It is said putties and felt covered water bottles such as all the other Regts. use containing three half points will be issued in the mean time and tho' nothing is known of the date yet we hope within a fortnight to be in the third line of the attack on Spiftfontein. Monday the 18th the Regt. all moves across the Ry. to a new camp evidently to make room in the permanent camp ground for our successors which we expect to be the Essex Regt. now at Orange River and to make their famous chargers less conspicuous & thereby add largely to their chances of safety they have all been dyed a sort of "Liberty art Fabric" colour with Condy's Fluid. An artilleryman speaking about them said "You cannot say wot colour they are now".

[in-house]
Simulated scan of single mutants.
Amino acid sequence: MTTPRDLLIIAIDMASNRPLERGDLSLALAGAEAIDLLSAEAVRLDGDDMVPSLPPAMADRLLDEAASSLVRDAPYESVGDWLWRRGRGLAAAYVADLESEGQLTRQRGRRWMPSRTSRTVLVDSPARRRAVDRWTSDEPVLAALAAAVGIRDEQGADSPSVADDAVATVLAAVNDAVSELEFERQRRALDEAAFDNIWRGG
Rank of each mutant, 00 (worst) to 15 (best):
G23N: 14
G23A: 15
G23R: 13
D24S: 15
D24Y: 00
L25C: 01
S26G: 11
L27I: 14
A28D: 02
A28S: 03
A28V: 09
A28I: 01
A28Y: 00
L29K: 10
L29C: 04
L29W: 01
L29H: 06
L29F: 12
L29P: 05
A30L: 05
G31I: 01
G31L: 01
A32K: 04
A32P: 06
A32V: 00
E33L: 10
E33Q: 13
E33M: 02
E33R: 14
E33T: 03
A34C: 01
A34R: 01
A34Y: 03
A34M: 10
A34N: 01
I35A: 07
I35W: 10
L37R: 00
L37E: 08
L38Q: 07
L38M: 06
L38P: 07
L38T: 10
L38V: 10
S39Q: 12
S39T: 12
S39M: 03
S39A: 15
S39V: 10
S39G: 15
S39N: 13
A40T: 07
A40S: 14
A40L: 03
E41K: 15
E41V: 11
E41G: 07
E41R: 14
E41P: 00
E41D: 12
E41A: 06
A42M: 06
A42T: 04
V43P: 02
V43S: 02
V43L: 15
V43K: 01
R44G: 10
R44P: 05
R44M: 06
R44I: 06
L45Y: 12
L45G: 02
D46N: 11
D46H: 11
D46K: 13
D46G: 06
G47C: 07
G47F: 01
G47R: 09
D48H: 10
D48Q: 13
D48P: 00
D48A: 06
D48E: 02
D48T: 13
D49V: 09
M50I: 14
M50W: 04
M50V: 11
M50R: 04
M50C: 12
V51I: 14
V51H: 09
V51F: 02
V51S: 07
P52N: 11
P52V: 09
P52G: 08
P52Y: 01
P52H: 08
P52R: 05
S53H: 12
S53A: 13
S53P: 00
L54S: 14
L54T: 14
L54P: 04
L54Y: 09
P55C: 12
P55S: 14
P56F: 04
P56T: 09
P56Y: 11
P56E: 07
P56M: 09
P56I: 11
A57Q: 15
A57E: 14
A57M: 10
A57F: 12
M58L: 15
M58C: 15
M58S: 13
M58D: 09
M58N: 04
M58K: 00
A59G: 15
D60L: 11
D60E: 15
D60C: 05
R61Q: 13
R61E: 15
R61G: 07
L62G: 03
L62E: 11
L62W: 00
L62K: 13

21st Dec. From all appearances we shall spend Christmas here and enjoy the festive season as much as circumstances will admit of. A rather amusing incident occurred a few nights since when a couple of Minister Fusiliers approaching our lines were asked for the countersign: "Winni - Winni - wot is it Pat" turning to his companion; "Winnipeg" "Aw yes Winnipeg" and they passed. This morning subscriptions and being taken up in each mess and two men from each section are to be allowed to go down to Orange Riv. and purchase what luxuries may be obtained for our Christmas dinner. As the home bound mail closes two days before Christmas a description of the festivities will necessarily have to be deferred until my next letter.
Your Kaslo boys are in their usual good health and spirits and always ready to "hold up their end" for the honor of the little city by the Lake, and look forward with great pleasure to spending Christmas day 1900 in good old Kaslo: